consent of Interphil. There is no showing that Interphil, upon receipt of Yulo's letter,
acceded to the "substitution" by Yulo of the original principal obligor, who is Ketchum.
The logical presumption can only be that, with Interphil's letter to the GAB expressing
concern over reported managerial changes and requesting for clarification on the
matter, the appellees were not reliably informed of the changes of managers. Not being
reliably informed, appellees cannot be deemed to have consented to such changes.

Under the law when a contract is unlawfully novated by an applicable and unilateral
substitution of the obligor by another, the aggrieved creditor is not bound to deal with
the substitute.

The consent of the creditor to the change of debtors, whether


in expromision or delegacion is an, indispensable requirement . . .
Substitution of one debtor for another may delay or prevent the fulfillment
of the obligation by reason of the inability or insolvency of the new debtor,
hence, the creditor should agree to accept the substitution in order that it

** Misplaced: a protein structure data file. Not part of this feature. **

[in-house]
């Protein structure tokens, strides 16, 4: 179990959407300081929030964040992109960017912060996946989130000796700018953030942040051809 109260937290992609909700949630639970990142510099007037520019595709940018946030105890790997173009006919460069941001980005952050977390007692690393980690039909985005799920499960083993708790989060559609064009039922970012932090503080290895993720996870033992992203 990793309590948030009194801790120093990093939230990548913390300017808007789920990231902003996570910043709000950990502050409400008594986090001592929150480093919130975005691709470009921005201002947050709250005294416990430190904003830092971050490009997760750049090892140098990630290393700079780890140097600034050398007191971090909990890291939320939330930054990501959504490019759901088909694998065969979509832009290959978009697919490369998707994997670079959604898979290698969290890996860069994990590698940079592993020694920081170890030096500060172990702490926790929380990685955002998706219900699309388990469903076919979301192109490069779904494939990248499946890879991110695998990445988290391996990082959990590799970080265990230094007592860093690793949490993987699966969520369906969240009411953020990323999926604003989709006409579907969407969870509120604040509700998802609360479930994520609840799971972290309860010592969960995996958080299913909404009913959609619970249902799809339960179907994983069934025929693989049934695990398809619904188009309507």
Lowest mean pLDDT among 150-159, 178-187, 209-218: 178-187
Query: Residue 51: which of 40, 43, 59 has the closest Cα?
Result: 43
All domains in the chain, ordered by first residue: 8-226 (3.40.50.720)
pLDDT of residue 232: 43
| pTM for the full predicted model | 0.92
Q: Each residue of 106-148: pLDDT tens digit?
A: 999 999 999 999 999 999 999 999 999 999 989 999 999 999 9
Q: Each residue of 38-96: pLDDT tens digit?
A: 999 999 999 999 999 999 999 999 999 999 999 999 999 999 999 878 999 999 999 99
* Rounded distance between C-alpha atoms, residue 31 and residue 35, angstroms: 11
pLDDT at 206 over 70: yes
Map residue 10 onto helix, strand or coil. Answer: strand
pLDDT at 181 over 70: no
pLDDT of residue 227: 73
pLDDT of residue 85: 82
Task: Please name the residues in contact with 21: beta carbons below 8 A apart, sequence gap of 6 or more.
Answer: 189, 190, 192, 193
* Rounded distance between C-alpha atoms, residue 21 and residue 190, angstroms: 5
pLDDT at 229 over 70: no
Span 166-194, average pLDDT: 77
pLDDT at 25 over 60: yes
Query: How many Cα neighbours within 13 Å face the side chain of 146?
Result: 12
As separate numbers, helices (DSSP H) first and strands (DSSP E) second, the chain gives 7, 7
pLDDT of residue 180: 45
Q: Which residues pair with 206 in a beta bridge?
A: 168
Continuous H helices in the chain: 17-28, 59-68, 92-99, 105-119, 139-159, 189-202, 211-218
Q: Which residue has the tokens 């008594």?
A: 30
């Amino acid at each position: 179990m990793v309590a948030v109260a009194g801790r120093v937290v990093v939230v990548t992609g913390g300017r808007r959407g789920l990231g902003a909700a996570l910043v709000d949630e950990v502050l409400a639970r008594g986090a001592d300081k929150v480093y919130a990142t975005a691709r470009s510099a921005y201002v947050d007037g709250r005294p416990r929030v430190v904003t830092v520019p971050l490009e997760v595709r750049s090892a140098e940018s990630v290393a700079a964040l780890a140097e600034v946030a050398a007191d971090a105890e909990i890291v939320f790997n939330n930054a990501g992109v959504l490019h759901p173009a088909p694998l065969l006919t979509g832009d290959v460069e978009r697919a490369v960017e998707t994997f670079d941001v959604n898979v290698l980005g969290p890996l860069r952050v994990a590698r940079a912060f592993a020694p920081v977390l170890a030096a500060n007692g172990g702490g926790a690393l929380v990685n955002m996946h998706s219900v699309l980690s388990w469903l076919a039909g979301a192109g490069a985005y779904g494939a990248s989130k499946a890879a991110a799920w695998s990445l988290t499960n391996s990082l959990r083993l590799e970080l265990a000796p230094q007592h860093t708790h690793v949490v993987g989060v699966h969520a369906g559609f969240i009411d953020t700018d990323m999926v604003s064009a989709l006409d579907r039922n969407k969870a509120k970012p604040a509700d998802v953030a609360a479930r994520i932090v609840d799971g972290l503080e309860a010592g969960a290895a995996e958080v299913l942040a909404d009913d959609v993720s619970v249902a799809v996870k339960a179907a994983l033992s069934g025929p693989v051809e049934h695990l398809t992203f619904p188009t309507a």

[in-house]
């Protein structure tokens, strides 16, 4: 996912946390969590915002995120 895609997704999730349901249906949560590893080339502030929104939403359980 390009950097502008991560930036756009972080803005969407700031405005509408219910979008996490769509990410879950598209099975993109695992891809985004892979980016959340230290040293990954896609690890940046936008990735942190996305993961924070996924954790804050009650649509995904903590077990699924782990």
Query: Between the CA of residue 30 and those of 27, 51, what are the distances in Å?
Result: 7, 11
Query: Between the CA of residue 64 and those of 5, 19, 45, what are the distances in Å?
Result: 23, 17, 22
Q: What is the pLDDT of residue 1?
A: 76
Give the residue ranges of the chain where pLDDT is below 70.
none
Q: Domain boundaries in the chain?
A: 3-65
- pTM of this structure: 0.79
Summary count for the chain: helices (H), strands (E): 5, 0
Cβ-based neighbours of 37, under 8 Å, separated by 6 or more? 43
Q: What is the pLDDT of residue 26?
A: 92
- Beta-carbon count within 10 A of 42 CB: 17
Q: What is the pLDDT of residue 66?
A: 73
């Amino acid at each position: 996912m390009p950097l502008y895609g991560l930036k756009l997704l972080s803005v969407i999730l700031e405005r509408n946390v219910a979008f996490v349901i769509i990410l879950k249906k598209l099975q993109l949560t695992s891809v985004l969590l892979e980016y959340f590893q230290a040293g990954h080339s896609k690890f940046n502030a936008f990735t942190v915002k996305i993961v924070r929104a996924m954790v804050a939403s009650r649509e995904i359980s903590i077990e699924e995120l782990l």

may be binding on him.

Thus, in a contract where x is the creditor and y is the debtor, if y enters


into a contract with z, under which he transfers to z all his rights under the
first contract, together with the obligations thereunder, but such transfer is
not consented to or approved by x, there is no novation. X can still bring
his action against y for performance of their contract or damages in case
of breach. [Tolentino, Civil Code of the Philippines, Vol. IV, p. 3611.

From the evidence, it is clear that the appellees, instead of availing themselves of the
options given to them by law of rescission or refusal to recognize the substitute obligor
Yulo, really wanted to postpone the fight date owing to an injury that Elorde sustained in
a recent bout. That the appellees had the justification to renegotiate the original
contract, particularly the fight date is undeniable from the facts aforestated. Under the
circumstances, the appellees' desire to postpone the fight date could neither be unlawful
nor unreasonable.

We uphold the appellees' contention that since all the rights on the matter rested with
the appellees, and appellants' claims, if any, to the enforcement of the contract hung
entirely upon the former's pleasure and sufferance, the GAB did not act arbitrarily in
acceding to the appellee's request to reset the fight date to November 4, 1961. It must
be noted that appellant Yulo had earlier agreed to abide by the GAB ruling.

In a show of accommodation, the appellees offered to advance the November 4, 1961


fight to October 28, 1961 just to place it within the 30- day limit of allowable